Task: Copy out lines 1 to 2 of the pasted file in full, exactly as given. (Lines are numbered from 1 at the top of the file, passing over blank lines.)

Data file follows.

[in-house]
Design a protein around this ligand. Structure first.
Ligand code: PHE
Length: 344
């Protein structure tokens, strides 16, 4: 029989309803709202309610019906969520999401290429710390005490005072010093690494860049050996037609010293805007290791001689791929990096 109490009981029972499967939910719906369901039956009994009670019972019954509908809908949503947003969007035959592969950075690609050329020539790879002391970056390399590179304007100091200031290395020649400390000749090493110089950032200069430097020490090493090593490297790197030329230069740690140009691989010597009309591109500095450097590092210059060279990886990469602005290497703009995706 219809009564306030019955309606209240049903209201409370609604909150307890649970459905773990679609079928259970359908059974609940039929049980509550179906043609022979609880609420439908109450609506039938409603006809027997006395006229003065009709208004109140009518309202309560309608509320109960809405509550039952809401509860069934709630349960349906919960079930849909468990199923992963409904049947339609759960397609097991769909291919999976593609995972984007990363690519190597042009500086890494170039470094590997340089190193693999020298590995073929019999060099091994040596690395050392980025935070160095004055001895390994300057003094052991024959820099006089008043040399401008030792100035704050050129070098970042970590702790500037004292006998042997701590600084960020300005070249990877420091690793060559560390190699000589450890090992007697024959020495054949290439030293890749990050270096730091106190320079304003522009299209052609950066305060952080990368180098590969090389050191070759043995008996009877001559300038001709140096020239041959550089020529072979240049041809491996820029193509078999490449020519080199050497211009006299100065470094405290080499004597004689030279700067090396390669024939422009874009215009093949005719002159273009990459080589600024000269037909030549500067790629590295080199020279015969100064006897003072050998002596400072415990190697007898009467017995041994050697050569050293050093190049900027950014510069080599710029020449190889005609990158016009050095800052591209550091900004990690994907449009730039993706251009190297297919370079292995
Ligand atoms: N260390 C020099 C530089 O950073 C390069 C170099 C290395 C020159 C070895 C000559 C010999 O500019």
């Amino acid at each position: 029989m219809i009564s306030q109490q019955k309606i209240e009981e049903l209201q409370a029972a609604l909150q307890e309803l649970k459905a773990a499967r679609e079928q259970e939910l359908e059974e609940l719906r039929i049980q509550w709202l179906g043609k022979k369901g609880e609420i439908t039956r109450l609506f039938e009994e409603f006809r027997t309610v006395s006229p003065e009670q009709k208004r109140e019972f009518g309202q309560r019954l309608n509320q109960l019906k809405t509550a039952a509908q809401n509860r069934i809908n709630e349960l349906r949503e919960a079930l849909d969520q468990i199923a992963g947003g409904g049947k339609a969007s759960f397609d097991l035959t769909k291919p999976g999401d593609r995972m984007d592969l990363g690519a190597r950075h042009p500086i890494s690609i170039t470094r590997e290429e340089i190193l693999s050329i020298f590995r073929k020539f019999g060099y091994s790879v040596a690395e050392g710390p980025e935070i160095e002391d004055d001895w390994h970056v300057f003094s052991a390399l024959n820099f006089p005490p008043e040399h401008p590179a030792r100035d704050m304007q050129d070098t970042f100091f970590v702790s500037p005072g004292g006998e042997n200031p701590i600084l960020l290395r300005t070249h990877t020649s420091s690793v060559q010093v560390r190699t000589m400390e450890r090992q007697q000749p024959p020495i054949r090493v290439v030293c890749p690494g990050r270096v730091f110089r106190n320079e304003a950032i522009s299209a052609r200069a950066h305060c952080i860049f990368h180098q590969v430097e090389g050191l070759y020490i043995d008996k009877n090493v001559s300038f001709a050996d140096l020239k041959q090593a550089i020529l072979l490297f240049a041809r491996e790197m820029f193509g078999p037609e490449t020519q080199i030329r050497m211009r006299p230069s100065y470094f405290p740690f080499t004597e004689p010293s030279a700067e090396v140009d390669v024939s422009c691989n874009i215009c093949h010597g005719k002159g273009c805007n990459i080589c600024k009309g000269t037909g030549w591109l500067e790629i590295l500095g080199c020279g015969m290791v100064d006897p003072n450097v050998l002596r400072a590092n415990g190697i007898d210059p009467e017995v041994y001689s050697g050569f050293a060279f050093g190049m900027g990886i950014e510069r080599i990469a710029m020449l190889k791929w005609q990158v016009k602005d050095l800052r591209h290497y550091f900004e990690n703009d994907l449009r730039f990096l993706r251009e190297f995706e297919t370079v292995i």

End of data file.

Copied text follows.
[in-house]
Design a protein around this ligand. Structure first.